Today, May 18, 2018, is David’s third death date. The term “death date” assumes huge proportions. The first year, I went from month to month, from the eighteenth of one month to the eighteenth of the next, anniversary to anniversary, wondering if I would make it to May 18, 2016. Each month became more difficult. The fifth month hit me the hardest because David had never been away that long, except for the five months while recovering from severe septicemia. But, he came back, he always came back. This time, I knew he would never come back. I didn’t know if I could get through the first death date, and I dreaded it.
When it finally came, the death date staggered me. I just hung on, waiting for the day to be over. I did not remember David’s death, I did not imagine it, I reexperienced, back in his death room for his last three days. From earliest morning, I was watching the clock, waiting for the exact time of his death. At that precise moment, 10:30 AM, I sent an email to the people who had been with me during the long months of his death. We all gathered to go to a memorial mass said by the Jesuit who had said David’s funeral mass. Then, the first death date was over.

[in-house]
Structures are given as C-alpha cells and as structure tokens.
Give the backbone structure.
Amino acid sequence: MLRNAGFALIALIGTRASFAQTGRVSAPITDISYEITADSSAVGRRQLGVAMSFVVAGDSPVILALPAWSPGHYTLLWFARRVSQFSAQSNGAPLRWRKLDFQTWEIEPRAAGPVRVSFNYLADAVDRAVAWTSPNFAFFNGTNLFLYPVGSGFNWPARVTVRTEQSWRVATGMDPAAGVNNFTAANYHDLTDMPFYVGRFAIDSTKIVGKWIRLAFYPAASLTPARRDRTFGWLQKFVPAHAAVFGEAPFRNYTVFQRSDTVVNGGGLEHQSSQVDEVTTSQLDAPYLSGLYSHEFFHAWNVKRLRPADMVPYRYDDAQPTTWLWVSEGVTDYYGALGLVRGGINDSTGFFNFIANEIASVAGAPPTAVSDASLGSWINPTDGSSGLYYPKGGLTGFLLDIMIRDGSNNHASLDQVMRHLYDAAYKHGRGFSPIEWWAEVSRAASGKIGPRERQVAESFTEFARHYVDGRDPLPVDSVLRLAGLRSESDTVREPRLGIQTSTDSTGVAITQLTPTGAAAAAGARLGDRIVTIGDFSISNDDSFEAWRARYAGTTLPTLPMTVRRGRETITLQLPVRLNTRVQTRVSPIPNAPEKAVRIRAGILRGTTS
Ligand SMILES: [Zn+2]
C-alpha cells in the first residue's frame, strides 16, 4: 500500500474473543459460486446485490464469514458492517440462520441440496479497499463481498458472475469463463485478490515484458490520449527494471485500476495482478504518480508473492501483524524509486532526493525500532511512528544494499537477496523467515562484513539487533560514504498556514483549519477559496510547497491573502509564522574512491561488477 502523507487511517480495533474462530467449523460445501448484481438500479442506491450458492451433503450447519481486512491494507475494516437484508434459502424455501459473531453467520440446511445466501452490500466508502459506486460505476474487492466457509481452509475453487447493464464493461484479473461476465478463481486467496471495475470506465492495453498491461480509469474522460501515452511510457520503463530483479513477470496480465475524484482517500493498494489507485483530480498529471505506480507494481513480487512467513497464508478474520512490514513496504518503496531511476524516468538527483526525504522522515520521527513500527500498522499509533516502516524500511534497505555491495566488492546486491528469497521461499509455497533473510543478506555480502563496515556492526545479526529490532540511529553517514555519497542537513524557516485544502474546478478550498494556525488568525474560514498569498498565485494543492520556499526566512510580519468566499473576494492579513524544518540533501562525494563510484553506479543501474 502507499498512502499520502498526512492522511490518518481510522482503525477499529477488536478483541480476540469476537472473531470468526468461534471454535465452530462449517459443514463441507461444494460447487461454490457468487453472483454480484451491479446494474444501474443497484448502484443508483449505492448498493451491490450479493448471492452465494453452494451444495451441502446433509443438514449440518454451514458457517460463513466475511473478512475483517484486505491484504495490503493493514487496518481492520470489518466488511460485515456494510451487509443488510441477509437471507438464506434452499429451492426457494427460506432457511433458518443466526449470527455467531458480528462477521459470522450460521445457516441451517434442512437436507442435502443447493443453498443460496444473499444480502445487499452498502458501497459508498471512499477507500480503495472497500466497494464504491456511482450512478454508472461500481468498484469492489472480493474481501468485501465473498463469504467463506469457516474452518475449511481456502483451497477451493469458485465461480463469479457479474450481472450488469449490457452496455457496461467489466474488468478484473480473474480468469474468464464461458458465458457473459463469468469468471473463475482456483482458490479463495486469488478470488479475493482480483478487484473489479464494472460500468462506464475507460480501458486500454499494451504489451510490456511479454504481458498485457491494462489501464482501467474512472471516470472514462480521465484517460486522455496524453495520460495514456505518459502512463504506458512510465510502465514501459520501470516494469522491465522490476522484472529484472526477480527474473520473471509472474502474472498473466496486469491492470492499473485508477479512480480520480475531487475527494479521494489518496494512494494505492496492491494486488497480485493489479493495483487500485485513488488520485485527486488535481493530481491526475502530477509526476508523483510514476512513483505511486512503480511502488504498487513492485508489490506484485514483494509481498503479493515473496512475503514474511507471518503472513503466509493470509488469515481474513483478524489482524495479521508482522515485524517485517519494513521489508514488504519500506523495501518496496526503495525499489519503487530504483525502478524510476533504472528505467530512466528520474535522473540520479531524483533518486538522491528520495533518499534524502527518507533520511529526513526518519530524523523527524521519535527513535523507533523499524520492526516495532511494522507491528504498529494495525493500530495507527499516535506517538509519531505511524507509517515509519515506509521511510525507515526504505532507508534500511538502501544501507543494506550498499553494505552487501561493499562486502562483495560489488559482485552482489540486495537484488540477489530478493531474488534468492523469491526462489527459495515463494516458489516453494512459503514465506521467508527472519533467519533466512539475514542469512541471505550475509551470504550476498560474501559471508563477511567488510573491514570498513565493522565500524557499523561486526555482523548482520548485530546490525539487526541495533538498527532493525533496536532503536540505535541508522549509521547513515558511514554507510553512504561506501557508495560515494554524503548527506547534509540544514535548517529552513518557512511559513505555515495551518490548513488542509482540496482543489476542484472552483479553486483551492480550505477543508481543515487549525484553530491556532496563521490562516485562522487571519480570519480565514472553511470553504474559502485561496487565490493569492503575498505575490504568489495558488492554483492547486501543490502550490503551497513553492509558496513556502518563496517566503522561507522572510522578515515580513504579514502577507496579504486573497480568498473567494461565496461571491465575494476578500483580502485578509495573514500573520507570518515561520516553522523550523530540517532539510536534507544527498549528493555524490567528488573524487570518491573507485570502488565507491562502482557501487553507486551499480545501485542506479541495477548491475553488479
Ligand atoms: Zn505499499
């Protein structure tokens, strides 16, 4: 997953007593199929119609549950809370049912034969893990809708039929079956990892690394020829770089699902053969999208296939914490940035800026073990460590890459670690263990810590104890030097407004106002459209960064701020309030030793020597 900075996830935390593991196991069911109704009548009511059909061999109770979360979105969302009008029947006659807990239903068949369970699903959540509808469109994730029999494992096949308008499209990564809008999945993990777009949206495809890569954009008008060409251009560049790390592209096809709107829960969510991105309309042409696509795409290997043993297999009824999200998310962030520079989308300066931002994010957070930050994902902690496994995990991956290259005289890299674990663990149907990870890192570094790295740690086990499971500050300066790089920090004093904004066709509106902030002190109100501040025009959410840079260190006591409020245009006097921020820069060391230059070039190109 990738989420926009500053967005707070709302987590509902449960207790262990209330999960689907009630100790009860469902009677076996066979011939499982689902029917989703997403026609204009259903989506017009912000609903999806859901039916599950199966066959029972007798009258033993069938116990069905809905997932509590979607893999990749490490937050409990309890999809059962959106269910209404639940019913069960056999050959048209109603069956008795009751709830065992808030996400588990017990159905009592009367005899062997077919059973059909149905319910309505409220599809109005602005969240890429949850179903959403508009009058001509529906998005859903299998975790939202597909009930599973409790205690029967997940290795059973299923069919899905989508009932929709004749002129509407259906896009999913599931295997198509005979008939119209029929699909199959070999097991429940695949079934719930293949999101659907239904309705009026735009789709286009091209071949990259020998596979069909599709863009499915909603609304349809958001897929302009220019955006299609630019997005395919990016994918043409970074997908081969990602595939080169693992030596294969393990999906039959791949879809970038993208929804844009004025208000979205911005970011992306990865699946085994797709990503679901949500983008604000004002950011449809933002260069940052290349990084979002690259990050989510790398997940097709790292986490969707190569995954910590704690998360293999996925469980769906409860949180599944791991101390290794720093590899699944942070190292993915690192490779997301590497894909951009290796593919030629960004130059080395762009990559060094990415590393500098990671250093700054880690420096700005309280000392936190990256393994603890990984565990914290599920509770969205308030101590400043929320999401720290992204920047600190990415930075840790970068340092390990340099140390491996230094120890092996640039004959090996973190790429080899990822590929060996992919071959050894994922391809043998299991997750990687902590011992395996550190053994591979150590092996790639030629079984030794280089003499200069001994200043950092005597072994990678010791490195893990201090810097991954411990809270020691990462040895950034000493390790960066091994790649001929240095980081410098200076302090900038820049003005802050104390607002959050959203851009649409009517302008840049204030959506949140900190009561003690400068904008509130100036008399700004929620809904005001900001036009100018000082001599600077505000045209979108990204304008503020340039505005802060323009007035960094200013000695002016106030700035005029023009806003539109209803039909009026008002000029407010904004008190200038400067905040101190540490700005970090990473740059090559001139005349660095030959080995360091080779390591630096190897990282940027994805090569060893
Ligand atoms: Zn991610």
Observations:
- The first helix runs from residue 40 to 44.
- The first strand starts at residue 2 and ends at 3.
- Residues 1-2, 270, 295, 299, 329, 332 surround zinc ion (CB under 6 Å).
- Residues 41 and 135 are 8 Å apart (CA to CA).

I was always aware of the approaching second death date, but I was not afraid of it. My friends sent notes and telephoned me, but I had packed the day with activity to distract myself. Besides, at this time I was angry at David. I was sad, but not shaken to my core.
This year, I don’t know what to expect. I have moved from the death place, I’m living in an apartment where David had never lived, and I’m just beginning to believe that I will have a life of my own, no matter how difficult it is to find that life. I’ve been feeling like Nancy Klein Maguire, independent, resourceful, and resilient. But, I’ve been working on the chapter in my book describing David’s last days. Writing that chapter puts me right back in the death room. So, this will not be an easy death date. Send me good thoughts.